Funds are categorised as large-caps, mid-caps and small-caps on the basis of market capitalisation. The definition of market capitalisation is the market value of all outstanding shares of a particular company. The value here is derived by multiplying outstanding shares of the company with the market price of each share.
Market Capitalisation = Current Stock Price x Number of outstanding shares.
The Securities and Exchange Board of India (Sebi) defines large caps as the largest 100 companies in terms of market capitalisation.
Large-cap funds invest a larger proportion of their corpus in companies with large market capitalisation, though the criteria for large-cap companies may vary from company to company. Large cap funds hold a reputation to offer stable and sustainable returns over a period of time but are generally outperformed by small and mid-cap funds which have higher risk exposure.
The companies in this category hold a strong, trustworthy and well-established reputation. Institutional investors are more likely to invest in such companies for the long-term to create wealth. These funds are least risky when compared to other asset classes but bring in lesser growth when compared to its mid-cap and small-cap peers.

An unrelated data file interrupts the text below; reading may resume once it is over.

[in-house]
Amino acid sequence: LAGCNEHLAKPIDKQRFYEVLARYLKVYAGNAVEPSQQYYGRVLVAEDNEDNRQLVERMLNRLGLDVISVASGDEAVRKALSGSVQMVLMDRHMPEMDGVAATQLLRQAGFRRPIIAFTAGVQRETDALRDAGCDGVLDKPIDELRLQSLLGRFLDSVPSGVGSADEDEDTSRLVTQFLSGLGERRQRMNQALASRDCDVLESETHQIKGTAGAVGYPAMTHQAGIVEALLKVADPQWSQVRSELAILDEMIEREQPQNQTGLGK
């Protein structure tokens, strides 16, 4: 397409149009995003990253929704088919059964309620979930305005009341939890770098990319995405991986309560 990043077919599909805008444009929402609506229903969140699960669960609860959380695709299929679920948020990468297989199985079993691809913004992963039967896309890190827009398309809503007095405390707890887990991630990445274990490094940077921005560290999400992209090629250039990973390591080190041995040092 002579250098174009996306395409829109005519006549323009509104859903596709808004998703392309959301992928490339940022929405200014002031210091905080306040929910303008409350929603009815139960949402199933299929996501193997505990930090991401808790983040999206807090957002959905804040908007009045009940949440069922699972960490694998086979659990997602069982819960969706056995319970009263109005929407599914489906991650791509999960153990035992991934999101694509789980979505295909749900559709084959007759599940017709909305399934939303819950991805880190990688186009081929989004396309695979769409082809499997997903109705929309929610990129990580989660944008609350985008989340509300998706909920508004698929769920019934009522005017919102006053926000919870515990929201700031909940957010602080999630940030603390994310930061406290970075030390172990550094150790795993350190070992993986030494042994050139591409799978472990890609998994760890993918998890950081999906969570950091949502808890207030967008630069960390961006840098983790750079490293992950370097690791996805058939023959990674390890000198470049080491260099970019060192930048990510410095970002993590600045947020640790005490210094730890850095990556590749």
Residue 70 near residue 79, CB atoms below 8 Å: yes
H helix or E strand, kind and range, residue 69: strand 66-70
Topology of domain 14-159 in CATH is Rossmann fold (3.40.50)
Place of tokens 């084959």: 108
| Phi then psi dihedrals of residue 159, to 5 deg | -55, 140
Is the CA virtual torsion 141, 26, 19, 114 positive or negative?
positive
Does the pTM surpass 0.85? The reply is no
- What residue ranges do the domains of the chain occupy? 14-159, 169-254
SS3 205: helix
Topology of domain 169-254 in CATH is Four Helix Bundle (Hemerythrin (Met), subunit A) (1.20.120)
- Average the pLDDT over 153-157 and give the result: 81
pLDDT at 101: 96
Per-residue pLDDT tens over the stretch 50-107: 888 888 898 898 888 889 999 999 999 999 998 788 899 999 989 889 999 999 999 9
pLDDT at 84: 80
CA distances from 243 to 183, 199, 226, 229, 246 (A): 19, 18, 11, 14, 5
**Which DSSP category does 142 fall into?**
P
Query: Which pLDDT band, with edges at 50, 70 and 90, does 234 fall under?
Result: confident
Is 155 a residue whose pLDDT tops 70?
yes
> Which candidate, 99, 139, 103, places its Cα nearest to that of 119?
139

Large-cap funds are best suited for investors who are looking for stability and have a low-risk appetite. A large-cap fund is highly tapped by institutional investors as they are known to offer stable and sustainable returns over a period of time with low risk.Many large-cap companies are blue-chip stocks which pay a dividend, have lesser debt and a long history of stable earnings. Each time there is a market downturn, investors rush towards the large-cap safe heaven as large caps can withstand a slowdown without going out of business. So if you are looking for stability with good returns over the long-term, investing in large-cap funds could be a good bet.